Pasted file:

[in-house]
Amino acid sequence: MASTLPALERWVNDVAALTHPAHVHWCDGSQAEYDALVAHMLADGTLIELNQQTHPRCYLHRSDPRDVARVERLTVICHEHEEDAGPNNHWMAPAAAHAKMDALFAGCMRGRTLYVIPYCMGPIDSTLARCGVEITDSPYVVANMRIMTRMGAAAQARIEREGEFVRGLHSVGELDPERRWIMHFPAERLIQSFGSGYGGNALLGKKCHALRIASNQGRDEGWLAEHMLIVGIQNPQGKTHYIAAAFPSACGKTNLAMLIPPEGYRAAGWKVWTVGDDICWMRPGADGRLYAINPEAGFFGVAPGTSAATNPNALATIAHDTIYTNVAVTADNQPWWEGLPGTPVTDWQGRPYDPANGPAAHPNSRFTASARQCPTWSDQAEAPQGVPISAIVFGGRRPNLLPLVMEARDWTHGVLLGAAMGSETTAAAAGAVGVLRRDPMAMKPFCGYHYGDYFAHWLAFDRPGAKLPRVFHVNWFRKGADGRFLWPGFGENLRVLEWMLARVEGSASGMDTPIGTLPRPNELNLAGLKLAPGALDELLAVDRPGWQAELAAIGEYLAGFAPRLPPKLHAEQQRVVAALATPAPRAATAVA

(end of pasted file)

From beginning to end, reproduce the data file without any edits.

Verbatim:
[in-house]
Amino acid sequence: MASTLPALERWVNDVAALTHPAHVHWCDGSQAEYDALVAHMLADGTLIELNQQTHPRCYLHRSDPRDVARVERLTVICHEHEEDAGPNNHWMAPAAAHAKMDALFAGCMRGRTLYVIPYCMGPIDSTLARCGVEITDSPYVVANMRIMTRMGAAAQARIEREGEFVRGLHSVGELDPERRWIMHFPAERLIQSFGSGYGGNALLGKKCHALRIASNQGRDEGWLAEHMLIVGIQNPQGKTHYIAAAFPSACGKTNLAMLIPPEGYRAAGWKVWTVGDDICWMRPGADGRLYAINPEAGFFGVAPGTSAATNPNALATIAHDTIYTNVAVTADNQPWWEGLPGTPVTDWQGRPYDPANGPAAHPNSRFTASARQCPTWSDQAEAPQGVPISAIVFGGRRPNLLPLVMEARDWTHGVLLGAAMGSETTAAAAGAVGVLRRDPMAMKPFCGYHYGDYFAHWLAFDRPGAKLPRVFHVNWFRKGADGRFLWPGFGENLRVLEWMLARVEGSASGMDTPIGTLPRPNELNLAGLKLAPGALDELLAVDRPGWQAELAAIGEYLAGFAPRLPPKLHAEQQRVVAALATPAPRAATAVA